Molecular functions and cellular roles of PABPC4L are currently not known. We here show that wild-type PABPC4L redistributes from a predominantly nuclear to focal cytoplasmic pattern and co-localizes with G3BP upon stress induction (Fig. 2C,D). This suggests that PABPC4L may associate with stress granules similar to cytoplasmic PABP family members PABPC1 and PABPC433,34. Unlike PABPC1 and PABPC4, PABPC4L has not been shown to bind poly(A) RNA as yet and PABPC4L lacks an extended carboxy-terminus shared by PABPC1 and PABPC437,38. However, since the additional carboxy-terminal sequence is dispensible for viability in yeast or PABP function in Xenopus, PABPC4L may thus share stress granule associated function with PABPC1 and PABPC439,40. Our observations also corroborate data from an interactome study, which reported PABPC4L as an interacting partner of the two core stress granule proteins CSDE1and PQBP1, both of which are indispensable for functional G3BP containing stress granules41,42,43. More importantly, the truncated PABPC4L protein due to the p.R271X variant shows altered subcellular localization in unstressed cells and diminished stress granule association upon stress induction which may result in functional haploinsufficiency of PABPC4L in the c.C811T; p.R271X carriers and thus may be the cause of disease in the patients.

Our study adds to the growing information supporting a role of stress granule associated proteins and RNA metabolism in neurodegenerative pathologies. Stress granules protect cellular RNAs from oxidative damage and promote selective translation of stress response proteins10,44,45. Formation of stress granules also protects cells from stress-induced apoptosis by promoting the activity of the antioxidant enzyme USP1046,47. Moreover, defective stress granules may promote protein aggregation and contribute to formation of intracellular inclusions48.The findings of this study should however be treated with caution due to the use of heterologous expression model such as HEK293. We selected HEK293 cells primarily because they express major stress granule proteins endogenously including PABP family members ( and stress granules can robustly be induced in HEK293 cells. Thus HEK293 cells are frequently used for investigating stress granule associated proteins49,50,51. Predominant exclusion of the truncated PABPC4L protein from stress granules upon induction of stress in HEK293 cells as observed in our study warrants further investigation in more sophisticated, tractable and accurate cellular disease models such as patient-derived iPSCs or neuronal cells to understand a link between neurodegeneration and altered cellular distribution of PABPC4L in p.R271X variant carriers.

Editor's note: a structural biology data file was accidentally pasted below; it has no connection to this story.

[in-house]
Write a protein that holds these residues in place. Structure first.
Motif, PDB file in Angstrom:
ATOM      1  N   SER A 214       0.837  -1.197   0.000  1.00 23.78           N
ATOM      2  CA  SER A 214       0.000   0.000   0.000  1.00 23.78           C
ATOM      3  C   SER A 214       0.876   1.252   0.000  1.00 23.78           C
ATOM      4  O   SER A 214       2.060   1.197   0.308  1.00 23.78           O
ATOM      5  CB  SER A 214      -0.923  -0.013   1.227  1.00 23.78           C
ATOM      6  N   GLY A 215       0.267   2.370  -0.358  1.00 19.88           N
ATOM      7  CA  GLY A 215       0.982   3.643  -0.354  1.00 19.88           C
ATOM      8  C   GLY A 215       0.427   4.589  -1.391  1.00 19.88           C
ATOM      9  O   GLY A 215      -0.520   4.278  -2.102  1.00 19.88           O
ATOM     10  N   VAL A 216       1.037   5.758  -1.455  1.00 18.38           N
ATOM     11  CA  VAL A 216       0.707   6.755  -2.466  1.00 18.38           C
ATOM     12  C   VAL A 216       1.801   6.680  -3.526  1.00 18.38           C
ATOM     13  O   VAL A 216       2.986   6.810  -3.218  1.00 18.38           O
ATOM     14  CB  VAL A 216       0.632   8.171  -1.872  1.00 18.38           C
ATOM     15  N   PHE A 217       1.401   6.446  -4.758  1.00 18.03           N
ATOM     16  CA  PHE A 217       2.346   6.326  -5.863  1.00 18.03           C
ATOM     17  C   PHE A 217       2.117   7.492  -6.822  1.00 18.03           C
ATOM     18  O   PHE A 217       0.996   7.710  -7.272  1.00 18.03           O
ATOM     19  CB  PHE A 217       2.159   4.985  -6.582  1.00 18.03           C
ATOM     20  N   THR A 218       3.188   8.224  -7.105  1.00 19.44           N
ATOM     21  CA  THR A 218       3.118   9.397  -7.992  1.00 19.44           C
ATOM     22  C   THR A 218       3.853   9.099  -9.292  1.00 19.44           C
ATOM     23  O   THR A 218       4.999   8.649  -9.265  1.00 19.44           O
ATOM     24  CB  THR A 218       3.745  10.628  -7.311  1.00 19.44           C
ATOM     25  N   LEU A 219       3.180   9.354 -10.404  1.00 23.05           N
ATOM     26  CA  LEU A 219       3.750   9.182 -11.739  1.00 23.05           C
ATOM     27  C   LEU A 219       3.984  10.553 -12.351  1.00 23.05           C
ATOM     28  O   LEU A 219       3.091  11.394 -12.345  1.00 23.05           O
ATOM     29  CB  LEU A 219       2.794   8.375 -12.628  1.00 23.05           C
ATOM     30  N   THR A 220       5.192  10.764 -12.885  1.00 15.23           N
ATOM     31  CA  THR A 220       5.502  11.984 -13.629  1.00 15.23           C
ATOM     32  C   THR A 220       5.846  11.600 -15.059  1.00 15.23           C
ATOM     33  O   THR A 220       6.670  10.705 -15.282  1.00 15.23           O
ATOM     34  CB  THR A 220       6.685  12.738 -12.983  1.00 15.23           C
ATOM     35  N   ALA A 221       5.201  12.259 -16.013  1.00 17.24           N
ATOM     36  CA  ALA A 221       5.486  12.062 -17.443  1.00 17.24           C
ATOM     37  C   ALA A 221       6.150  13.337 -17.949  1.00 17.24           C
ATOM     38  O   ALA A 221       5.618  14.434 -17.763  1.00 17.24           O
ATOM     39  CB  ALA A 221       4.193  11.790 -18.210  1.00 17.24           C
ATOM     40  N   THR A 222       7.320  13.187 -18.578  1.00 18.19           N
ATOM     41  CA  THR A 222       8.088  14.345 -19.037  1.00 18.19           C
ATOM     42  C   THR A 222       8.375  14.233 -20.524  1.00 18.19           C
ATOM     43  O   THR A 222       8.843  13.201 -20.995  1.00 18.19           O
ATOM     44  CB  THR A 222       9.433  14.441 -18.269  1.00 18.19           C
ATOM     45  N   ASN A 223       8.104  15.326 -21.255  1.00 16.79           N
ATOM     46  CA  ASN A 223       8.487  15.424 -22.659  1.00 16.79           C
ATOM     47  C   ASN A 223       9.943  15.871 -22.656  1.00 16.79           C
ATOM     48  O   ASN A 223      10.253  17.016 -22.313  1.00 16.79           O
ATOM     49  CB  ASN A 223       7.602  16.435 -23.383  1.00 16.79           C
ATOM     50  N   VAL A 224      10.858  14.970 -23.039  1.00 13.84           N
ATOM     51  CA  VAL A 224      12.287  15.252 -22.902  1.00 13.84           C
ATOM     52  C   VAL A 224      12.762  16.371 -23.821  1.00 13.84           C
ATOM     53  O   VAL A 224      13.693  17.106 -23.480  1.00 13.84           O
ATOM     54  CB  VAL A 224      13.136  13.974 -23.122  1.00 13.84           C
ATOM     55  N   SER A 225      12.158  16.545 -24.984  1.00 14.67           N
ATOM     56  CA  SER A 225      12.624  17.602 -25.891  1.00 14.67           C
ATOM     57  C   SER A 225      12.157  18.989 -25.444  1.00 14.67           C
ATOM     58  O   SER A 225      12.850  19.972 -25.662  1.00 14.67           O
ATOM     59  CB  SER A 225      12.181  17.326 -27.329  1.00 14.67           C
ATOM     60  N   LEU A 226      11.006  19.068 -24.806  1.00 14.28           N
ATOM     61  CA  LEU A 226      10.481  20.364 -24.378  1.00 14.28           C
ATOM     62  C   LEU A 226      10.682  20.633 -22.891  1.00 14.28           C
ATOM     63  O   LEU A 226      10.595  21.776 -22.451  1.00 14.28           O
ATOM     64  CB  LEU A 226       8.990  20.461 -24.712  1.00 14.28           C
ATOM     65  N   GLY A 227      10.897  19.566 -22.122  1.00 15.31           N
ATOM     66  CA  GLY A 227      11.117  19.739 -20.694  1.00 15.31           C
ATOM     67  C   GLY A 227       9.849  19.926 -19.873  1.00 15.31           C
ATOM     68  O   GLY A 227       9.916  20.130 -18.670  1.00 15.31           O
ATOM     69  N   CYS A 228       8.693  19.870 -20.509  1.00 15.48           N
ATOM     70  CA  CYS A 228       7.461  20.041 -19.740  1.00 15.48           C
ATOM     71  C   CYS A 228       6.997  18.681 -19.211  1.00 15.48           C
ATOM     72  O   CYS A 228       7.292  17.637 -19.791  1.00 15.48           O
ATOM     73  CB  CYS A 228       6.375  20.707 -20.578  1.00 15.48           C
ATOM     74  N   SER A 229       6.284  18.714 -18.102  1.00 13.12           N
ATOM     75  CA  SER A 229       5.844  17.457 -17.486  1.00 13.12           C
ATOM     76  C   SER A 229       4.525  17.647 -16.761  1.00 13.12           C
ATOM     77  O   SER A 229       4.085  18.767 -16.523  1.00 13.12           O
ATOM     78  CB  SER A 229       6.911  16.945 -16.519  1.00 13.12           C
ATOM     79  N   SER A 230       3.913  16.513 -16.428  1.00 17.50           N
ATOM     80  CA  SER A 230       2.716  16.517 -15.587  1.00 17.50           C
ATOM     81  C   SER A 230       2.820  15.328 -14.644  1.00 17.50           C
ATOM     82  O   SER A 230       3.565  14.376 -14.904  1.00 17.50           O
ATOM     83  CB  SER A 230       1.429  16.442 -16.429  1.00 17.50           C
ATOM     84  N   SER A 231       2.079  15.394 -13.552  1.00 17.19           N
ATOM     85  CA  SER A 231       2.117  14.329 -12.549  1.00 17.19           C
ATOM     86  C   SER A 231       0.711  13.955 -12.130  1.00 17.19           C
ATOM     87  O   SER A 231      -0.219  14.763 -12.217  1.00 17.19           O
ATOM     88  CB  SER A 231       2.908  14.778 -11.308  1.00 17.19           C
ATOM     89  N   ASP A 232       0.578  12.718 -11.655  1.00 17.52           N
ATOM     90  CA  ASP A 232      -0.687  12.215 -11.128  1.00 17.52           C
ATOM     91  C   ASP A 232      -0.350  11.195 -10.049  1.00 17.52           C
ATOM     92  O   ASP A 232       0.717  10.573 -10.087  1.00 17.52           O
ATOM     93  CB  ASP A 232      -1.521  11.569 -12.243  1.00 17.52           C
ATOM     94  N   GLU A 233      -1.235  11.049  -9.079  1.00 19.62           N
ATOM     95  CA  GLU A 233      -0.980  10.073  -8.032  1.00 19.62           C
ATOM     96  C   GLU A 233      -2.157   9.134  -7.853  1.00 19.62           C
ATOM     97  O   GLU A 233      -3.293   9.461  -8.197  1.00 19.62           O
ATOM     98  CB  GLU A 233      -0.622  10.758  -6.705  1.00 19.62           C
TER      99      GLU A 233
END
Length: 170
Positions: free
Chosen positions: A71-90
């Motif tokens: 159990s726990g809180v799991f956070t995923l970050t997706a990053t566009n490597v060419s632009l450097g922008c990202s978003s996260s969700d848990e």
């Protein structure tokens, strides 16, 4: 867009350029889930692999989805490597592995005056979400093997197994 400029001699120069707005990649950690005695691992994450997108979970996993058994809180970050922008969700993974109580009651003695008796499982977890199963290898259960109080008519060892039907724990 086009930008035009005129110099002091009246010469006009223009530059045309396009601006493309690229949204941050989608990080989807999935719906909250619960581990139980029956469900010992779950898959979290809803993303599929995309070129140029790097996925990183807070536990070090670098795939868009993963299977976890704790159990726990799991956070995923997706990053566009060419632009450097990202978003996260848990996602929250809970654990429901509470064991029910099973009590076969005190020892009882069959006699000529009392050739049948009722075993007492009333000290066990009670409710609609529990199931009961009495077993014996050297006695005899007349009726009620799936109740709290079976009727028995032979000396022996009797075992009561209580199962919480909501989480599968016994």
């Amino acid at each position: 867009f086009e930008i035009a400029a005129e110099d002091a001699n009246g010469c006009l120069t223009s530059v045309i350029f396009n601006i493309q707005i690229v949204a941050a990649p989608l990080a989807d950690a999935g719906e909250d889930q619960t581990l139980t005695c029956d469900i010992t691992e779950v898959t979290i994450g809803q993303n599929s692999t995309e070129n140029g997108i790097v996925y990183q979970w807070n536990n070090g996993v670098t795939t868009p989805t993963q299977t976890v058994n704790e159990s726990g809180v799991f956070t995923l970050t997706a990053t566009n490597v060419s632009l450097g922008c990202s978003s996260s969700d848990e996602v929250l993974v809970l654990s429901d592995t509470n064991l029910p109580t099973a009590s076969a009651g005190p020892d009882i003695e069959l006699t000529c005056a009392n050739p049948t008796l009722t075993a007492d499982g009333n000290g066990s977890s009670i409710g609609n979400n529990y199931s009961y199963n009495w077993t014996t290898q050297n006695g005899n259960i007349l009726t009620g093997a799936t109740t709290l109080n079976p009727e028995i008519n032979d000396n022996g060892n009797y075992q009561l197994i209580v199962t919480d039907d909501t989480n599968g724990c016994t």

In conclusion, a truncating variant in RNA stress granule associated protein PABPC4L was identified as the potential cause for familial atypical parkinsonism. Our data indicate cytosolic mislocalization of truncated PABPC4L in unstressed and stressed cells. Future studies focusing on the role of stress granule recruitment of PABPC4L and its relevance to the cellular stress responses may unravel novel mechanism of neurodegeneration.

Ethics approval and consent to participate

Ethics committee of the Institute for Biotechnology and Genetic Engineering (IBGE, Islamabad, Pakistan) provided the approval (Ref. IBGE/SARK04/1201/2012). Written informed consent was obtained from all participants.

Consent for publication

All authors critically revised the manuscript and approved the final version before submission.